Vazquez said high-level officials snorted at her assertions. Only a gruesome tragedy kept her campaign alive. On Aug. 25, 2011, gangsters firebombed a casino in Monterrey, an industrial city near the border with Texas, as gamblers played slots. By the end of the day, 52 bodies were counted. The casino owner fled to Miami.
Pena Neder, it turned out, was a legal adviser to Casino Royale, the firebombed upscale gaming hall, and his name surged into the news.
Before Vazquez’s marriage came apart, she said she learned that her husband had letterheads from the Interior Secretariat [SEGOB] and official seals that allowed him to falsify rulings from the gaming bureau and sell them to clients.
She said Pena Neder and his associates had confederates within the bureau who did their bidding in exchange for payoffs.
Two companies found particular favor at the bureau. Both operated casinos for Entretenimiento de Mexico, a permit holder based in Monterrey that operates 24 casinos. By 2011, Entretenimiento decided to break with the two operators.
“In 2010, they stopped paying us,” said Eduardo A. Campos Semeno, Entretenimiento’s spokesman.
A year later, the Monterrey company informed the gaming bureau that it had severed relations with both operators, meaning that they had no legal license to operate casinos.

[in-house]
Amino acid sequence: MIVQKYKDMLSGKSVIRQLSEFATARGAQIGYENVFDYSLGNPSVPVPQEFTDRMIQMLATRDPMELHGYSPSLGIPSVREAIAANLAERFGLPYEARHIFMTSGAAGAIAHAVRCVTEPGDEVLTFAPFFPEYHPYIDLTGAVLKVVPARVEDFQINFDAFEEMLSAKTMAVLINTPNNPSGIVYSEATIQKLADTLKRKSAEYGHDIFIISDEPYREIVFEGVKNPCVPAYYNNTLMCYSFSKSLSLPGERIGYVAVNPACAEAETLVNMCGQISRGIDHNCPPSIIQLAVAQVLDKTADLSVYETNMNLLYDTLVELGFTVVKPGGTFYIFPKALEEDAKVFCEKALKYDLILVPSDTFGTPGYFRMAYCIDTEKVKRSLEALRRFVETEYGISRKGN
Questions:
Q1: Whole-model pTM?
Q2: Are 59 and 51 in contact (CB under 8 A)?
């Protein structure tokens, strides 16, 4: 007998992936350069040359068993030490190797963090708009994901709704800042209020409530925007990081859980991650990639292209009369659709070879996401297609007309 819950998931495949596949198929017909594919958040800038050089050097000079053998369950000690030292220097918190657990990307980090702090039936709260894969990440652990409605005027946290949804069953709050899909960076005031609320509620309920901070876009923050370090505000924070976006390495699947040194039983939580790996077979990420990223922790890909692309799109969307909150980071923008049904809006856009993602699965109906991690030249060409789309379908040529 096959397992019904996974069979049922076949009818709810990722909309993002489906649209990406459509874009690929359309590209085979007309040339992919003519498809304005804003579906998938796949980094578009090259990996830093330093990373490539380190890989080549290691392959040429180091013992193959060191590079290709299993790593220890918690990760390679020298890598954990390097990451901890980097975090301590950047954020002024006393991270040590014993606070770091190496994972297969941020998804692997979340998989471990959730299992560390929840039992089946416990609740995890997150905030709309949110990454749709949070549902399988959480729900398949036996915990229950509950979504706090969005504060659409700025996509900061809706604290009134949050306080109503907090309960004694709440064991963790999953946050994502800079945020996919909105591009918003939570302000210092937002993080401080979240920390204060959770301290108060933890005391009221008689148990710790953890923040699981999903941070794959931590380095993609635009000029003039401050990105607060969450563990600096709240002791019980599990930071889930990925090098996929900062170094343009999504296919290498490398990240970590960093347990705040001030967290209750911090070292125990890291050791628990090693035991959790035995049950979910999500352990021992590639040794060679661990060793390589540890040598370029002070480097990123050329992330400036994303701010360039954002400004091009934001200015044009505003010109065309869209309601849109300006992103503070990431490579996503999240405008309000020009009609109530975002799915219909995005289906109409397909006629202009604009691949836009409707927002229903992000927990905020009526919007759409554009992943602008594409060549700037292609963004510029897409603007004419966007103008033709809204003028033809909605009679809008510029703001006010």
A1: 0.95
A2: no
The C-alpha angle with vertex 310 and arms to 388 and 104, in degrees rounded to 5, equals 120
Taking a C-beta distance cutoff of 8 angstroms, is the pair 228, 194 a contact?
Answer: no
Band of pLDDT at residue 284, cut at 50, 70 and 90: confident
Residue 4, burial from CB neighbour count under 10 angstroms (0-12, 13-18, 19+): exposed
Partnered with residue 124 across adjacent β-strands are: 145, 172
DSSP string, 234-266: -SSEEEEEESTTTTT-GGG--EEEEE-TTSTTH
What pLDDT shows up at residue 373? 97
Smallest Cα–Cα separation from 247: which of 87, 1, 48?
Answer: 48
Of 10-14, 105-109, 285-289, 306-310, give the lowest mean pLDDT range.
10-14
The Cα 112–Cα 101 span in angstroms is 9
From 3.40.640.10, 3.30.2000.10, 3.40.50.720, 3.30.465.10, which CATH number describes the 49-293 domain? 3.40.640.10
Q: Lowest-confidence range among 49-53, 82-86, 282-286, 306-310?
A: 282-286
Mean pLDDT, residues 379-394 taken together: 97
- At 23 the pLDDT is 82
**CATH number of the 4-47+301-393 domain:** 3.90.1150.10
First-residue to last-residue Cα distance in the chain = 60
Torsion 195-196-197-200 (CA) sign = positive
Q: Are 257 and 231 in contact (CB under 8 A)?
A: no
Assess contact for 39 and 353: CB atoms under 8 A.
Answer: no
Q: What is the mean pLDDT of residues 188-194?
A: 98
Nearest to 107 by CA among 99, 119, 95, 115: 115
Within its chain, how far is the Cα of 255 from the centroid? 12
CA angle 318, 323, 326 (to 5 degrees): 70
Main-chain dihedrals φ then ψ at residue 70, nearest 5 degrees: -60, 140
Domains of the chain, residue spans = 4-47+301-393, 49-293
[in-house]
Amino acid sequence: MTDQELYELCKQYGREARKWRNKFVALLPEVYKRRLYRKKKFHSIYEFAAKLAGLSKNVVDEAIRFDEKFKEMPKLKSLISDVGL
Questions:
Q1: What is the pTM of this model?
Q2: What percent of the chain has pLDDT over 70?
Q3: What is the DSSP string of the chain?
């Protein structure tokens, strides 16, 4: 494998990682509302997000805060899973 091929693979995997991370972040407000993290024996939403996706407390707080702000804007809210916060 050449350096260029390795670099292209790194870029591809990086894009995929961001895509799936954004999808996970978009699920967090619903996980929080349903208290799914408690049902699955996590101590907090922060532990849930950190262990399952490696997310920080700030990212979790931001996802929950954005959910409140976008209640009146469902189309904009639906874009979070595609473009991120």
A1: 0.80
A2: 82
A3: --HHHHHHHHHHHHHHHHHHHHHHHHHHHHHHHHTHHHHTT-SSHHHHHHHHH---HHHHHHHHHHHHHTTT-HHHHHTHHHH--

“We’ve informed Interior [SEGOB] at least five times that these companies are no longer with us,” Campos said. After months passed with no action, we thought to ourselves, ‘They are protecting these guys,’” Campos said.
The two companies–Producciones y Moviles S.A. de C.V. and Exciting Games S. de R.L. de C.V.–are the ones who hit the jackpot with the issuance of new permits on Nov. 30  and Dec. 1  [(in the final moments of the Calderón administration)], even though current or former principals from both firms face criminal charges.
The chairman of the board of Producciones Moviles, Lino Armando Vazquez Mata, was arrested in September 2011 on organized crime and drug trafficking charges. Producciones Moviles says he’s been removed him from any role in the company.
Televisa, the Mexican conglomerate that is the world’s largest Spanish-language broadcaster, has given intense coverage to the current scandal shaking the casino industry – without reminding viewers that it has a vested interest. Televisa operates casinos under the Play City name, holding permits to run 130 gaming halls.
A reporter for Televisa interviewed Pena Neder this week in the Matamoros prison where he is held. He denied his ex-wife’s allegations, saying they were “absolutely without grounds, ridiculous.” He added that he’d been working for “a sheikh from Dubai” before his arrest.
Some analysts assert that different PAN factions earn payoffs from different casino groups, leading to frictions.
“The PANistas discovered that a gold mine existed behind the permits for lotteries, bingos, horse racing and, above all, casinos. One could do good business protected by the permits without taking public monies and sinning,” Ramon Alberto Garza, editor of Reporte Indigo, wrote this week.
The racket made the Interior Secretariat [SEGOB] crucial for organizing the corruption – but also a palace of intrigues and misfortune.
Under Calderon, two Interior secretaries [SEGOB] died in air crashes. Juan Camilo Mourino, who helped engineer Calderon’s 2006 election, perished when his Learjet plunged into an upscale Mexico City neighborhood Nov. 4, 2008. Three years later, another secretary, Jose Francisco Blake Mora, was killed in a helicopter crash to the south of the capital.